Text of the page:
Lecture 25: Curved Space and Gravity

December 5, 2017

Objectives

• (Continuing objective) Relate the concepts of rotational motion and gravity to “everyday” situations and discuss various applications of the concepts to practical problems in various fields of science, medicine and engineering.
• Determine the rates for stationary clocks in the presence of a spherical mass according to Einstein's theory of general relativity.
• Describe Einstein's “Equivalence Principle” and explain how it predicts the bending of light by a gravitational body.
• Measure or calculate distances between circles on a surface or in space, and use these results to determine if the surface or space is flat or curved.

Homework

• Assigned Problems: A65, A88; Supp CH 11: 1, 2, 5

Highlight the white space below with your mouse to see the answers for A88:

The four physics errors in the story in A88 are: (1) The Enterprise can't be going at a speed of 7 times the speed of light relative to anything; (2)there is no way that Picard and Janeway could be having this kind of conversation without significant delays, due to the time that it takes for radio signals to travel 5 light years (i.e., it would take 10 years to get any response); (3) adding another ice cube won't cause any reduction in temperature for Picard's tea, since it is already at a temperature of $0^{\circ}$C; (4) when the torpedo destroys the engines of the Enterprise, the ship won't stop'' (whatever that is supposed to mean out in space) -- it will continue at the same velocity.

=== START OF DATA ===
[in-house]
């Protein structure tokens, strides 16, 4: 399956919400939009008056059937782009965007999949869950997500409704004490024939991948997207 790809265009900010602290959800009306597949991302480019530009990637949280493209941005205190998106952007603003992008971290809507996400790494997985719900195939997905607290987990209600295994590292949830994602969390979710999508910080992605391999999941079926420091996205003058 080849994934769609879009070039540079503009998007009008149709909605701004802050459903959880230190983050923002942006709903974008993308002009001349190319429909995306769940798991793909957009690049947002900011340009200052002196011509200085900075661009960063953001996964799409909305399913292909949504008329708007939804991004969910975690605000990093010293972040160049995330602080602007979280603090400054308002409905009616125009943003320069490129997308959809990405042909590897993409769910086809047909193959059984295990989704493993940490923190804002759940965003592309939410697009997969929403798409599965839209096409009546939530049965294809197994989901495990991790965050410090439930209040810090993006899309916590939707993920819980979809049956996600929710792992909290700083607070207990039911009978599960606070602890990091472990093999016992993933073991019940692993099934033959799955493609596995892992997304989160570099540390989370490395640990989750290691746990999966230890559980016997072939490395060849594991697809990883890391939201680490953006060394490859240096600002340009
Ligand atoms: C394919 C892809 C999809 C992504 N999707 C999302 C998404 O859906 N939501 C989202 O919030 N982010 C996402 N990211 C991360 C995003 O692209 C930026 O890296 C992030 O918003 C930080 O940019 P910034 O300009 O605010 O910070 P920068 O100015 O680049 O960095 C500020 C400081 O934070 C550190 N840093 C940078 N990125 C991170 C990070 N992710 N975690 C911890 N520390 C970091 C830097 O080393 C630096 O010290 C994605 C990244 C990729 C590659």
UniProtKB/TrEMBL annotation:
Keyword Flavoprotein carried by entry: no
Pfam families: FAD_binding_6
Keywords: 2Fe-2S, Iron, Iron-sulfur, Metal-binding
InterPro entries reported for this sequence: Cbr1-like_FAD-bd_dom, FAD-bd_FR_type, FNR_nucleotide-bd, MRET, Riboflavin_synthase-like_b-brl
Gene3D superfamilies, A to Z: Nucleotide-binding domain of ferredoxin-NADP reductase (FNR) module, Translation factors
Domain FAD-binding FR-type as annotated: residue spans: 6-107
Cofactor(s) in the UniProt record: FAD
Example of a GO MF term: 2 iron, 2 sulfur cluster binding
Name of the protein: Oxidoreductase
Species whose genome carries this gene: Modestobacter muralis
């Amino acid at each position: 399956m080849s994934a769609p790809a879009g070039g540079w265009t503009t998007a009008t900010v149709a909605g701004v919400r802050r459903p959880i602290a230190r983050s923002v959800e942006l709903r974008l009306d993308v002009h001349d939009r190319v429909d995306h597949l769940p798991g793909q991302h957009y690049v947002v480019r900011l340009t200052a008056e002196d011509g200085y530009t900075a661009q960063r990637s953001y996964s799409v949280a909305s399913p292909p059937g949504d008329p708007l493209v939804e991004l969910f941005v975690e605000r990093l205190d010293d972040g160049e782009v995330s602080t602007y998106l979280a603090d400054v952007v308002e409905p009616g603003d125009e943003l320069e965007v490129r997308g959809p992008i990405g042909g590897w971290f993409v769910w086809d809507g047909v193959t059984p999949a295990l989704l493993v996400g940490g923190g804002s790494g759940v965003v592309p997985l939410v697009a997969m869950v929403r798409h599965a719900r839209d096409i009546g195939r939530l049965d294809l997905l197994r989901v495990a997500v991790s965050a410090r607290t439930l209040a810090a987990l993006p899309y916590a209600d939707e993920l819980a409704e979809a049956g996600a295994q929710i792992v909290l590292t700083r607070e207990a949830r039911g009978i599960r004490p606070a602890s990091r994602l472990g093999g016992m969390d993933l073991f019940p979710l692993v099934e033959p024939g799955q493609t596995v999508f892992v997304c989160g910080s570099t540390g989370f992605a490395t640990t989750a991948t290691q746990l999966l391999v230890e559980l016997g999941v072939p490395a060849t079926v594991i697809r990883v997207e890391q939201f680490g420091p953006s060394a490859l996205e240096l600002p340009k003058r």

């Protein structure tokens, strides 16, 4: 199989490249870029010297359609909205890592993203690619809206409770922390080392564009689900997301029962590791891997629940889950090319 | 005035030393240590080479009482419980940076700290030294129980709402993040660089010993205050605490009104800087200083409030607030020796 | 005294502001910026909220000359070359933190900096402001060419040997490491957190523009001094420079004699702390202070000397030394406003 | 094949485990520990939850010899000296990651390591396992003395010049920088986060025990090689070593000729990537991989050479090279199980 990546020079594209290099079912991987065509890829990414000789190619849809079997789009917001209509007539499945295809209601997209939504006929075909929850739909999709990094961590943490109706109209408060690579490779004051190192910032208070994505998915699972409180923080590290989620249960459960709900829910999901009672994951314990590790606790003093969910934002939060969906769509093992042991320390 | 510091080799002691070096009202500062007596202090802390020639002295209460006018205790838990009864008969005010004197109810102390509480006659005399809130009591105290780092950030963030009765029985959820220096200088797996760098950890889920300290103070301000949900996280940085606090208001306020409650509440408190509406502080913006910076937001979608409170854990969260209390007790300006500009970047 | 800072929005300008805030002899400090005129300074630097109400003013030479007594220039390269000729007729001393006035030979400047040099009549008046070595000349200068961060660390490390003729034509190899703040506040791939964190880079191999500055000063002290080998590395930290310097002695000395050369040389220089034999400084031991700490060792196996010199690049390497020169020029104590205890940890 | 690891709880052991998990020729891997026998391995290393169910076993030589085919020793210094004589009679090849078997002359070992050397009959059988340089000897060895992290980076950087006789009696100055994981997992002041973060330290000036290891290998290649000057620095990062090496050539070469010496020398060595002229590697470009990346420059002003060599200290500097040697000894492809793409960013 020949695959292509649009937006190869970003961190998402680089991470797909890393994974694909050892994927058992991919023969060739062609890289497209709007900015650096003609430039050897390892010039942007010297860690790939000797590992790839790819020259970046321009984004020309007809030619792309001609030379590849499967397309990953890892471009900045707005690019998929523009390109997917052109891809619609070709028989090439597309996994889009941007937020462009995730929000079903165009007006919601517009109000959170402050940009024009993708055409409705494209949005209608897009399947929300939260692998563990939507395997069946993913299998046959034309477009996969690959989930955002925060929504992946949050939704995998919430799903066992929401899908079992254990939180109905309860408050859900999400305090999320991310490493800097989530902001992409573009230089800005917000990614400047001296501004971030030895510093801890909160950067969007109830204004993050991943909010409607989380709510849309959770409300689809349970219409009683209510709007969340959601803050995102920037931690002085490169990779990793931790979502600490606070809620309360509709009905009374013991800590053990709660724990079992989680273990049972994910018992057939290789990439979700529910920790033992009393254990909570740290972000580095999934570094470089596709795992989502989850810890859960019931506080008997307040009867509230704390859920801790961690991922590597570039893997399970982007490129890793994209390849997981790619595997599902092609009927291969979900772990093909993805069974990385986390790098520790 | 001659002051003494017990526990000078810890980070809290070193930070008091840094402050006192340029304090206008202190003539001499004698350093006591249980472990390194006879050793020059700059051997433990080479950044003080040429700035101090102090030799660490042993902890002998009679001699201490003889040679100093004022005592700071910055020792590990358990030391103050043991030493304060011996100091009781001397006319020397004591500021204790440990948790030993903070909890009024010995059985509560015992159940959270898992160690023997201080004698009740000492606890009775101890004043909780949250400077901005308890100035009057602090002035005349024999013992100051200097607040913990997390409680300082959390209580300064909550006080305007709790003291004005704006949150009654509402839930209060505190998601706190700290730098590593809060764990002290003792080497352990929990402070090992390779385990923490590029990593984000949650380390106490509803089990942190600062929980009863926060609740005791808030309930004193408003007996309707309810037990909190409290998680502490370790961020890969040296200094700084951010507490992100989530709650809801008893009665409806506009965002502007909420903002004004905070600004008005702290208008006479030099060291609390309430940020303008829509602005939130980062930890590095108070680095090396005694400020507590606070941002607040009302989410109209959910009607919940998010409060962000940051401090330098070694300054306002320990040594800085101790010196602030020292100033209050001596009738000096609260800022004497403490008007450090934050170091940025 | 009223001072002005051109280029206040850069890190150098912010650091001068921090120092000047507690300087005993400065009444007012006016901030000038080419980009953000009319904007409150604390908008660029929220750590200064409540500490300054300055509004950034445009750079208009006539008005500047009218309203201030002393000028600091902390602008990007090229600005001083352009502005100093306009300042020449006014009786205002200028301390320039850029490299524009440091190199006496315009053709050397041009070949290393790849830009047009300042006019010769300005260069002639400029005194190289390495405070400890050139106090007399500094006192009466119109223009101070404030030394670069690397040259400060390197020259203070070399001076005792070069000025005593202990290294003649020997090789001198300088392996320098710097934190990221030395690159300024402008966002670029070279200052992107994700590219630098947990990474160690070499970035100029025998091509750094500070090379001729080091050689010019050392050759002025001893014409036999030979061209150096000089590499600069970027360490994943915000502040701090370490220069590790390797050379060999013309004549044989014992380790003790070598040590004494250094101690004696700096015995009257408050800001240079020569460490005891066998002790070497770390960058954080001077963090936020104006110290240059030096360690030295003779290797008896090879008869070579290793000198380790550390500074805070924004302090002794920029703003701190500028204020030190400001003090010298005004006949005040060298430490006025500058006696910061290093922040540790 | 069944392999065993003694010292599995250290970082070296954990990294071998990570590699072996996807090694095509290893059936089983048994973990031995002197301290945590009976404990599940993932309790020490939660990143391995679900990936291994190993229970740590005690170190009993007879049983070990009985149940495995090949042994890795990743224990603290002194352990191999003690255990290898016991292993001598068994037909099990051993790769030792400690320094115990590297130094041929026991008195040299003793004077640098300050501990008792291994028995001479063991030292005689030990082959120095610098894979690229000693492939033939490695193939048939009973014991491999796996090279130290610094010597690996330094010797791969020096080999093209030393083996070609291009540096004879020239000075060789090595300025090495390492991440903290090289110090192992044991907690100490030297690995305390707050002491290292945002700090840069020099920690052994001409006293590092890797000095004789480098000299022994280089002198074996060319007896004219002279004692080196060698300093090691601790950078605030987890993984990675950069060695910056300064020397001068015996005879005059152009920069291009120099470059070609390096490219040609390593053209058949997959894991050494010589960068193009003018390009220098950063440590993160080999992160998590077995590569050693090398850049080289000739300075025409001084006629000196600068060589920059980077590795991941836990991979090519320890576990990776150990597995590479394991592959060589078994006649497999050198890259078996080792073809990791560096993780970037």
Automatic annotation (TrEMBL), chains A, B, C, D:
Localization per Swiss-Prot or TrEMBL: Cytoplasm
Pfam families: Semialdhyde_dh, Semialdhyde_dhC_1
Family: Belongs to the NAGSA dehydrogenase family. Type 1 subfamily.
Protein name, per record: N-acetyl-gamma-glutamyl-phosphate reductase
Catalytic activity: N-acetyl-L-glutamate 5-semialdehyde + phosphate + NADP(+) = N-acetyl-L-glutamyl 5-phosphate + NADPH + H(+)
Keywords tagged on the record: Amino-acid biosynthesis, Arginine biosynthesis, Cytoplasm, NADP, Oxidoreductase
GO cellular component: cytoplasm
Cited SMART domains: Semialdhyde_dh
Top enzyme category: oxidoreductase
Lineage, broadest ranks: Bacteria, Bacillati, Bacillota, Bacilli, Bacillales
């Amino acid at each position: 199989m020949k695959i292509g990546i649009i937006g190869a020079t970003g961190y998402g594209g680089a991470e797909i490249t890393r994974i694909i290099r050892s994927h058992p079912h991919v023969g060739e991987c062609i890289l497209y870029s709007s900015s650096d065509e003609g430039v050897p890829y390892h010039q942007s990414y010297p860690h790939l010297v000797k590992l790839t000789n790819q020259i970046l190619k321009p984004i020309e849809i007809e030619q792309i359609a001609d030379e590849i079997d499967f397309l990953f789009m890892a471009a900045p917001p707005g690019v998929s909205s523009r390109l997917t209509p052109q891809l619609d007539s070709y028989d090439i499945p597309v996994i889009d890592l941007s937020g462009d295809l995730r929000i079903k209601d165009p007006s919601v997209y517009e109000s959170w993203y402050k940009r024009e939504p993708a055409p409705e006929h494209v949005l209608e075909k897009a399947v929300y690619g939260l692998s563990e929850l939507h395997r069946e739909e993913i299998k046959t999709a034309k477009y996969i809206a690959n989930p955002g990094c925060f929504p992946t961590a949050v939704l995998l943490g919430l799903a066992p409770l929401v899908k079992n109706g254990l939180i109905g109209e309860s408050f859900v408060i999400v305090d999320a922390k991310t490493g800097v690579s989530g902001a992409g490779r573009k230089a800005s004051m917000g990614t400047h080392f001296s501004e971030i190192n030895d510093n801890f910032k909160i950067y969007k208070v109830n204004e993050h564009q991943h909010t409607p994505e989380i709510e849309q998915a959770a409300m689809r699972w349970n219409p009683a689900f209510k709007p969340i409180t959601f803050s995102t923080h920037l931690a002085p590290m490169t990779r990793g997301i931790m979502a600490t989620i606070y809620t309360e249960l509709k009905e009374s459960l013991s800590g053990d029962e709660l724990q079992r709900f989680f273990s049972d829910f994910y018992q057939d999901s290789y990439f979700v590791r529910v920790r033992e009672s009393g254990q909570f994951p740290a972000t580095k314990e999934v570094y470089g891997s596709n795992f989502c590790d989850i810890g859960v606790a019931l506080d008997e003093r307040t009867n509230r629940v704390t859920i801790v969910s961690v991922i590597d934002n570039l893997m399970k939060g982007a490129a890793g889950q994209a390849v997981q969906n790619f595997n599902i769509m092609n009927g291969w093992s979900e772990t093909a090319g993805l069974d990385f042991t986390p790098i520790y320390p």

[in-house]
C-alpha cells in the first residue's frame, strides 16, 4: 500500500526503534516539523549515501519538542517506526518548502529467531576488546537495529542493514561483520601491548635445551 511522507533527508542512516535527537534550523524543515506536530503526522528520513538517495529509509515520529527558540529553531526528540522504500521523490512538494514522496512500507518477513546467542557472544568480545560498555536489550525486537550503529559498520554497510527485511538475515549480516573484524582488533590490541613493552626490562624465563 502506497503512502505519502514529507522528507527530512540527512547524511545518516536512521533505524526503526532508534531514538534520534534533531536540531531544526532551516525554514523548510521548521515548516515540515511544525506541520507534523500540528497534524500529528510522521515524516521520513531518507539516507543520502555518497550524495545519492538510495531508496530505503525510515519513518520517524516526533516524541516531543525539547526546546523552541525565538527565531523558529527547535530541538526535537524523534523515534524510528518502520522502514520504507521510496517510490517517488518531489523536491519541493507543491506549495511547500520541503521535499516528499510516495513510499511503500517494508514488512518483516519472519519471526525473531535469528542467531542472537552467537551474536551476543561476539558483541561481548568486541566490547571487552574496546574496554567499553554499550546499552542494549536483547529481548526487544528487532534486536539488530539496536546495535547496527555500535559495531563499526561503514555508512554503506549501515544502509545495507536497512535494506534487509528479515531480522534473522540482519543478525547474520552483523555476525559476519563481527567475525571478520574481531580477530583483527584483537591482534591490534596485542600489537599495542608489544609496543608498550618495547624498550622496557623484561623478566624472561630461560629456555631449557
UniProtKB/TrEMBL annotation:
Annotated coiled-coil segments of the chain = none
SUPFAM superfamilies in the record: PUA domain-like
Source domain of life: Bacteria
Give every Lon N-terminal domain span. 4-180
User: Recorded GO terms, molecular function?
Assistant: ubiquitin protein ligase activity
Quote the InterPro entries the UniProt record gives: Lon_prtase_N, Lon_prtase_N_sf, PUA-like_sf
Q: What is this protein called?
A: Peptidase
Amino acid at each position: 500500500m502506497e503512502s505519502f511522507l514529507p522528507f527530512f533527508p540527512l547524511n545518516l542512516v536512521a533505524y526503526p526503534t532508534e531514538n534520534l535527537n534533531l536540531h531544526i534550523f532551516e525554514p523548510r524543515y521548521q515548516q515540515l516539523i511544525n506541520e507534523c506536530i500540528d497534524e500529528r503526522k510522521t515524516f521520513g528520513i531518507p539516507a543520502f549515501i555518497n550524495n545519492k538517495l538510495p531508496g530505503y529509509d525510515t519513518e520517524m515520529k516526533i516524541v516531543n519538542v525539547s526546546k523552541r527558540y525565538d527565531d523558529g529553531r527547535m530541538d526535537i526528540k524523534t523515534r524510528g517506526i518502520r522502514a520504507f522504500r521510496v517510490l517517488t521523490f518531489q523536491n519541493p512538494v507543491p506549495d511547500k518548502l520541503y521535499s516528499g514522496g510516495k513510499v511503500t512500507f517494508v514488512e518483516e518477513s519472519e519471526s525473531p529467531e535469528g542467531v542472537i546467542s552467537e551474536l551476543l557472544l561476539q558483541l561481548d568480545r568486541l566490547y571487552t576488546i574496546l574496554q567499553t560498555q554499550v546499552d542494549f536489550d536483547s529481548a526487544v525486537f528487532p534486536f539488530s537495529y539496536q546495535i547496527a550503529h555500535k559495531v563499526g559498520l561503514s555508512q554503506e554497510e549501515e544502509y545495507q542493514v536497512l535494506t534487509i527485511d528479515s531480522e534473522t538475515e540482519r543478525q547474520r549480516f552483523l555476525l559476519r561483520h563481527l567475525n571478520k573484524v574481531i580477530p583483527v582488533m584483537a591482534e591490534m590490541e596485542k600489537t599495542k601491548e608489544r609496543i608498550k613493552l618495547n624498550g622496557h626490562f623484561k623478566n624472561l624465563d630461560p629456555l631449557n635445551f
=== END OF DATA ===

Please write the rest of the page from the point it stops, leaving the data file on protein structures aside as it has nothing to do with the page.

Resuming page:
Notes: There is no problem session associated with the last lecture.

Pre-Class Entertainment

• Walking on the Sun, by Smash Mouth
• What I Got, by Sublime
• Wicked Game, by Chris Isaak
• Wish I Knew You, by the Revivalists
• The Walker, by Fitz and the Tantrum
• Waves, by Blondfire